SIBANYE-Stillwater CEO Neal Froneman acknowledged that at spot metal prices the group was unlikely to pay a final dividend in 2023.
He also said the company could be net debt at the year-end, but added that “we are better positioned than most to ride it out”.
Froneman’s comments come after RMB Morgan Stanley analysts downgraded the gold and platinum group metal (PGM) company’s prospects. At spot prices, it could post a net cash out flow of about R6bn, the bank said.
It recommended investors steer away from Sibanye-Stillwater which also had a crammed capital pipeline including two lithium projects, the K4 and Burnstone precious metal projects in South Africa, and recently acquired base metal assets that were lossmaking in the six months ended June.
One of the lossmakers, New Century Resources, an Australian firm that treats zinc tailings was now making money, said Froneman. “That business is stabilised and is not a concern,” he said. “It will continue to generate profits, even at low zinc price.”
But Sandouville, a nickel refining business in France, was still struggling. Froneman said the company would not hesitate to put it on care and maintenance. “We have a consistent allocation structure which starts with protecting the business,” he said. “If we do that the next step is managing debt, and only after that is it dividends and mergers and acquisitions. We have to manage the business.
“If the market remains where it is now there will be no dividend. That is very clear to us. We could be in net debt, but that is exactly why we managed balance sheet to be strong. There could be some negative cash flows, but it won’t be forever.”
In August, Sibanye-Stillwater announced a 53 South African cents per share interim dividend. This represented the upper end of its 25% to 35% of normalised earnings payout range for the six months to June 30 which at R4.28bn were 62% lower year-on-year.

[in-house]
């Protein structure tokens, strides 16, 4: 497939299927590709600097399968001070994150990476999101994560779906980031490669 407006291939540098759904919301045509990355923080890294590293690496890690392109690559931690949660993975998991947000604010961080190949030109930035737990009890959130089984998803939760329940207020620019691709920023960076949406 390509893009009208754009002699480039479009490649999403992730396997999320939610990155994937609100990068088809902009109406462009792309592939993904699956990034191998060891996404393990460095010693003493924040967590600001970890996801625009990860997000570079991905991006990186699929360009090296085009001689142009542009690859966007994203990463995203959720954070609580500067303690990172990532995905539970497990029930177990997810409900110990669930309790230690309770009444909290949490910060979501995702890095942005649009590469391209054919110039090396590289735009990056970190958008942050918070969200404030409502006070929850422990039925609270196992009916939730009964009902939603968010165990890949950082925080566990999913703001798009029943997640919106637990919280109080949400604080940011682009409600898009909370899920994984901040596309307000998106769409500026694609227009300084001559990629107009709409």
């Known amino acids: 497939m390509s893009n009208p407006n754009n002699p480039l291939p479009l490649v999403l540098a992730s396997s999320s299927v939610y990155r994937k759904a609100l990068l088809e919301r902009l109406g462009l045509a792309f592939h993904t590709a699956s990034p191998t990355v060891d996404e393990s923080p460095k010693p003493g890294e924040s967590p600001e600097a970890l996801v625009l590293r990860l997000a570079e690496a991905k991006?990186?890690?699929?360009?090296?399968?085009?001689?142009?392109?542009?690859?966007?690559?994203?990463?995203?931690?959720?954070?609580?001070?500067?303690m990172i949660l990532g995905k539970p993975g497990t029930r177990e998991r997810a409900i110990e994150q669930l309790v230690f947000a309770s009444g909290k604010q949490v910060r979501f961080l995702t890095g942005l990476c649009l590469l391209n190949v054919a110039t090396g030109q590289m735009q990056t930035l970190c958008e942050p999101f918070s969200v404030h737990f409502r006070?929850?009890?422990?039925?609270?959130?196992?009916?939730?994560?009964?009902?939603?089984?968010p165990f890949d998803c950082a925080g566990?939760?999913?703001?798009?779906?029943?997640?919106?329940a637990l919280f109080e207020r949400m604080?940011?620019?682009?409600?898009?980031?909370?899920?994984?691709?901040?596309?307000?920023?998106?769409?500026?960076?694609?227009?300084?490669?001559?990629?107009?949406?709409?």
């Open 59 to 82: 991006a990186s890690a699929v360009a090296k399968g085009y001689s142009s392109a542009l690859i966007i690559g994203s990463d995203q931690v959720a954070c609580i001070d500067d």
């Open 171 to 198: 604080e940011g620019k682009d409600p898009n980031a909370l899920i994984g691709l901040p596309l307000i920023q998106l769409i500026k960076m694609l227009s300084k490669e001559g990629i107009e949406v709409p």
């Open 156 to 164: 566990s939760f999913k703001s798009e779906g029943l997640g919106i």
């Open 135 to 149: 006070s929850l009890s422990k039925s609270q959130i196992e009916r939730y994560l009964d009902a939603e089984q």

But the firm’s bid for Mopani Copper, a struggling asset in Zambia owned by that country’s government would proceed if his group won a bidding process. Mopani Copper required $1bn in recapitalisation compared to the Zambian government’s $600m estimate, but Froneman said this scale of investment would be made over three to five years.
“There is working capital we can put in, but it will just be about couple of hundred million dollars which is well within our means,” Froneman said.
Sibanye-Stillwater shares have lost about 12% since the publication of the RMB Morgan Stanley report taking losses for the year to date to nearly 45%. The bank said in a separate report that PGM prices were expected to languish.
A PGM price rebound was possible but it could be limited to around 15% of current prices as the market might be concerned over future rhodium and palladium surpluses, it said. Automobile production could also be negatively affected by sluggish macroeconomic conditions which would dampen PGM demand.